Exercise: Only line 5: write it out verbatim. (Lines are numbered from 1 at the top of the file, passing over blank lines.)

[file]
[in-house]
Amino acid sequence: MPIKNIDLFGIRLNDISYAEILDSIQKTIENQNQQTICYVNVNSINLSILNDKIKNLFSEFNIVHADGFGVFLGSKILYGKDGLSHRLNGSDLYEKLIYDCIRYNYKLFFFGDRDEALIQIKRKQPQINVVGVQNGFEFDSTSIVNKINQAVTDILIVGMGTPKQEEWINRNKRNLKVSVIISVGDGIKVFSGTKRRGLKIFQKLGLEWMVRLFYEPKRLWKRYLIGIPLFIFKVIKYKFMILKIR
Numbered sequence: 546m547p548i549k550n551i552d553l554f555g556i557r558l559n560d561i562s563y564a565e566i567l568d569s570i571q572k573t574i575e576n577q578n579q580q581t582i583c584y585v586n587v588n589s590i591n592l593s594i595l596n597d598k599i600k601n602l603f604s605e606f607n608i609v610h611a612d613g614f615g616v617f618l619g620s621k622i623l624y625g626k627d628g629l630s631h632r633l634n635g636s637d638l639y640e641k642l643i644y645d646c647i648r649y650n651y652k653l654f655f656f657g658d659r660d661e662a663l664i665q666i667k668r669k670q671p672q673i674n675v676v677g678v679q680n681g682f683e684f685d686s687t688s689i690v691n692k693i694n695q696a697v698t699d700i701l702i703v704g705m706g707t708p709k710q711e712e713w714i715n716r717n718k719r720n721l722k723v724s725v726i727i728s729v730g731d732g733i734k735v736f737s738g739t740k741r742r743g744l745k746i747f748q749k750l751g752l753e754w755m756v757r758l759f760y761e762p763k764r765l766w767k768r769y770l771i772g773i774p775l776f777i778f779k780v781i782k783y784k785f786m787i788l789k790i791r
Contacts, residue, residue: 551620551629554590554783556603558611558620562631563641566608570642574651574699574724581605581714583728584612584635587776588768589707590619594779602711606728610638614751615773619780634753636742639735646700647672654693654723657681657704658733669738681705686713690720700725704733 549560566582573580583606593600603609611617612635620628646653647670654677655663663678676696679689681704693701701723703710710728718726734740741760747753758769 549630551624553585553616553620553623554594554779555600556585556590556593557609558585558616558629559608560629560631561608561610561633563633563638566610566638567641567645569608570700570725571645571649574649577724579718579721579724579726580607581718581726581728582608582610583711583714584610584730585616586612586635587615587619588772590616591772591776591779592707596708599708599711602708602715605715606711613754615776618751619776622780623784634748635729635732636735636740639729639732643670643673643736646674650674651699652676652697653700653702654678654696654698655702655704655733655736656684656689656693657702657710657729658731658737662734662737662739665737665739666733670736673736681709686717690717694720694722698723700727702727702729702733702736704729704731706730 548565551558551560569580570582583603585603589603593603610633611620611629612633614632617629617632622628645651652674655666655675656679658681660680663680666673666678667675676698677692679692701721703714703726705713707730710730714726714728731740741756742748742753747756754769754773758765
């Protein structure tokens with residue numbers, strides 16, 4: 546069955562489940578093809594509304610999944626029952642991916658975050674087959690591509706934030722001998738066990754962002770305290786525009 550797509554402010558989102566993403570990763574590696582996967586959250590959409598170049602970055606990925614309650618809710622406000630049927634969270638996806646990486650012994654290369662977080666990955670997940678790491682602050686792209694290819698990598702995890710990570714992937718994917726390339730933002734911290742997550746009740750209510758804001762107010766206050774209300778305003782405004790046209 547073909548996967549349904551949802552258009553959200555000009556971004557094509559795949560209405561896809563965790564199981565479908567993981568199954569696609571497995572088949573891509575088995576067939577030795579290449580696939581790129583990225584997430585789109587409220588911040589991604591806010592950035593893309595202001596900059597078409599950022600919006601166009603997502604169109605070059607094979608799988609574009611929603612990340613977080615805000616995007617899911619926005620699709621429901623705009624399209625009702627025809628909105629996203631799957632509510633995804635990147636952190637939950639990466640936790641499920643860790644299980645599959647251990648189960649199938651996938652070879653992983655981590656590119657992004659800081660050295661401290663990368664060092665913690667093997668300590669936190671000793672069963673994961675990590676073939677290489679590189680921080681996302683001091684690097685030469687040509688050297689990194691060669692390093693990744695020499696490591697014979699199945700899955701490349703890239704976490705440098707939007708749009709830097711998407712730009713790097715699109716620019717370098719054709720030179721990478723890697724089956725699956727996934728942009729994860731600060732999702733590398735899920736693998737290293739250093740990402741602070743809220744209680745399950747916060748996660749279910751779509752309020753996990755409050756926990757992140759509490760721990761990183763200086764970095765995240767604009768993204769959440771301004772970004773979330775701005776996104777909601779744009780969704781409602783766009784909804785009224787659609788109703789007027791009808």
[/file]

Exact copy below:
């Protein structure tokens with residue numbers, strides 16, 4: 546069955562489940578093809594509304610999944626029952642991916658975050674087959690591509706934030722001998738066990754962002770305290786525009 550797509554402010558989102566993403570990763574590696582996967586959250590959409598170049602970055606990925614309650618809710622406000630049927634969270638996806646990486650012994654290369662977080666990955670997940678790491682602050686792209694290819698990598702995890710990570714992937718994917726390339730933002734911290742997550746009740750209510758804001762107010766206050774209300778305003782405004790046209 547073909548996967549349904551949802552258009553959200555000009556971004557094509559795949560209405561896809563965790564199981565479908567993981568199954569696609571497995572088949573891509575088995576067939577030795579290449580696939581790129583990225584997430585789109587409220588911040589991604591806010592950035593893309595202001596900059597078409599950022600919006601166009603997502604169109605070059607094979608799988609574009611929603612990340613977080615805000616995007617899911619926005620699709621429901623705009624399209625009702627025809628909105629996203631799957632509510633995804635990147636952190637939950639990466640936790641499920643860790644299980645599959647251990648189960649199938651996938652070879653992983655981590656590119657992004659800081660050295661401290663990368664060092665913690667093997668300590669936190671000793672069963673994961675990590676073939677290489679590189680921080681996302683001091684690097685030469687040509688050297689990194691060669692390093693990744695020499696490591697014979699199945700899955701490349703890239704976490705440098707939007708749009709830097711998407712730009713790097715699109716620019717370098719054709720030179721990478723890697724089956725699956727996934728942009729994860731600060732999702733590398735899920736693998737290293739250093740990402741602070743809220744209680745399950747916060748996660749279910751779509752309020753996990755409050756926990757992140759509490760721990761990183763200086764970095765995240767604009768993204769959440771301004772970004773979330775701005776996104777909601779744009780969704781409602783766009784909804785009224787659609788109703789007027791009808």